We are particularly grateful to Stephen Gray, the referee, for his support of the paper along with valuable input. We acknowledge also the helpful comments of participants at the 2004 Conference of the Accounting and Finance Association of Australia and New Zealand, in particular Bruce Grundy; and also helpful comments of participants at Seminars at UNITEC, and at the Universities of Deakin, Melbourne and Macquarie. We thank Graham Bornholt, John Pierre Fenech, Alastair Marsden, Giang Truong, and Scott Walker for their help; and we thank the Capital Markets Co-operative Research Centre for its support.
Cost of capital equations under the Australian imputation tax system
Version of Record online: 6 MAY 2008
© 2007 The Authors. Journal compilation © 2007 AFAANZ
Accounting & Finance
Volume 48, Issue 3, pages 439–460, September 2008
How to Cite
Dempsey, M. and Partington, G. (2008), Cost of capital equations under the Australian imputation tax system. Accounting & Finance, 48: 439–460. doi: 10.1111/j.1467-629X.2007.00252.x
- Issue online: 12 AUG 2008
- Version of Record online: 6 MAY 2008
- Received 22 September 2004; accepted 3 October 2007 by Robert Faff (Editor).; doi: 10.1111/j.1467-629x.2007.00252.x
- Weighted average cost of capital;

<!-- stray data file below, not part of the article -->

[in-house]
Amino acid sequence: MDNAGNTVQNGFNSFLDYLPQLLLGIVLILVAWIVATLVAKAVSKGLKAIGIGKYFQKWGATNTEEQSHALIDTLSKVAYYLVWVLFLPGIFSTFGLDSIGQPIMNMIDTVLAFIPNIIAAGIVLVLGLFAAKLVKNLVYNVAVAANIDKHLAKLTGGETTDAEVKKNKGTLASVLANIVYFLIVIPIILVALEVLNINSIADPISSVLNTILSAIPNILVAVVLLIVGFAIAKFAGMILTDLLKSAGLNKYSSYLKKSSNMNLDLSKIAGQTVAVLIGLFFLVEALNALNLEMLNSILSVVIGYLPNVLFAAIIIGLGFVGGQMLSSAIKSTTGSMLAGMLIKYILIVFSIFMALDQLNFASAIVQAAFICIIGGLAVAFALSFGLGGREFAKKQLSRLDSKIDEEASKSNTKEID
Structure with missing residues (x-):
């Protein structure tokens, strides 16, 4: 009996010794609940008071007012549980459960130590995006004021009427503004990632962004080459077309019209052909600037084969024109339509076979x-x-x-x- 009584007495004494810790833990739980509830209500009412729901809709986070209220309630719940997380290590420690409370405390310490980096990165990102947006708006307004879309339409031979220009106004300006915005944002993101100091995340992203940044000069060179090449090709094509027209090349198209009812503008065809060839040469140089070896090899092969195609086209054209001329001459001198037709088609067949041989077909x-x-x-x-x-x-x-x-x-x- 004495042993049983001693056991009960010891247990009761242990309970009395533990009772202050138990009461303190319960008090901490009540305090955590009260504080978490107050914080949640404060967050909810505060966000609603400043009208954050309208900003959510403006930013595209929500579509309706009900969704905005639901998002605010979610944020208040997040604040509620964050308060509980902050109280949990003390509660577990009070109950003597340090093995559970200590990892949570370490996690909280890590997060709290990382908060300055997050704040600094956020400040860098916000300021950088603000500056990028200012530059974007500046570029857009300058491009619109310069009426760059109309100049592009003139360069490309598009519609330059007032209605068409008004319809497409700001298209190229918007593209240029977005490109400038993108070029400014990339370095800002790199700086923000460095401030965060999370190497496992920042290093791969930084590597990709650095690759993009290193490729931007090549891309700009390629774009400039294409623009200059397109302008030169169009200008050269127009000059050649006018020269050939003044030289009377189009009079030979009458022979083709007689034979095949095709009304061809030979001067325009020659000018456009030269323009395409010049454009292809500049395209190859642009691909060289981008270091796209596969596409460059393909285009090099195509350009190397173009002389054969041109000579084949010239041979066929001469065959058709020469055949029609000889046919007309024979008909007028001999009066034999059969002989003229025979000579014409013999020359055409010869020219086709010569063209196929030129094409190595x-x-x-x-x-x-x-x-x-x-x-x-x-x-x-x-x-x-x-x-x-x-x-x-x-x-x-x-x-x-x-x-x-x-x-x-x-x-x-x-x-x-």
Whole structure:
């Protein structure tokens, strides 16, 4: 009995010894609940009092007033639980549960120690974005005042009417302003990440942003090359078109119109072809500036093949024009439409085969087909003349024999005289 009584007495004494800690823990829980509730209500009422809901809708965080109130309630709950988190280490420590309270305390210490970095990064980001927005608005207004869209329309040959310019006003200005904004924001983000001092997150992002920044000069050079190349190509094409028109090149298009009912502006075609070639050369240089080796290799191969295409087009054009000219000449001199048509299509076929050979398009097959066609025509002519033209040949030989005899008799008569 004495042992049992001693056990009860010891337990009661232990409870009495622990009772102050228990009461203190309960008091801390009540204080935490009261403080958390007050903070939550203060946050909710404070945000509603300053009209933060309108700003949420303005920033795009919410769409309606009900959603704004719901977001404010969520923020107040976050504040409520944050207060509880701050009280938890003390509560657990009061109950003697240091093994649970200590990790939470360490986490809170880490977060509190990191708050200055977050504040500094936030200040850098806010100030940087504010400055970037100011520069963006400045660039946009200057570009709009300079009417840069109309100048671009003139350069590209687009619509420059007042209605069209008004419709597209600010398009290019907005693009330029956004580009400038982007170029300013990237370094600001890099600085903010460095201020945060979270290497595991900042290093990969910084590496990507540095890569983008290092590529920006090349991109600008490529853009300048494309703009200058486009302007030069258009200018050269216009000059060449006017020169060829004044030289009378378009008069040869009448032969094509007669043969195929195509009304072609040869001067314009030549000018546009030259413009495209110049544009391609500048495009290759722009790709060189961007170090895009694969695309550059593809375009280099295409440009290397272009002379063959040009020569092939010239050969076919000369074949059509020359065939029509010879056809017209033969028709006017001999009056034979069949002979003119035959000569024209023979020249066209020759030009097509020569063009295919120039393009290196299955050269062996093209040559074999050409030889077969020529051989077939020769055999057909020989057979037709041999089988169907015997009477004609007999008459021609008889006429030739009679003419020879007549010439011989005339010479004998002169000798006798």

- Imputation tax system;
- Capital asset pricing model
Since the introduction of the Australian imputation tax system, there have been problems both in the measurement of the market value of franking (imputation tax) credits and in their application to estimating cash flows and the cost of capital. In the present paper, we provide a convenient and robust resolution to the above problems in the context of an internally consistent set of equations for the cost of capital, asset valuation and the capital asset pricing model (CAPM). The equations apply under both classical and imputation tax systems and under differential taxation of dividends, capital gains and interest. The simple form of the CAPM presented here is shown to encompass more complex versions of the CAPM, which attempt to accommodate the effect of personal taxes. The valuation equations require an estimate of the market value of $1 of the firm's dividends, within which is embedded the market value of the imputation tax credits. Separate estimates of the value of imputation tax credits, or Officer's gamma factor, are not required.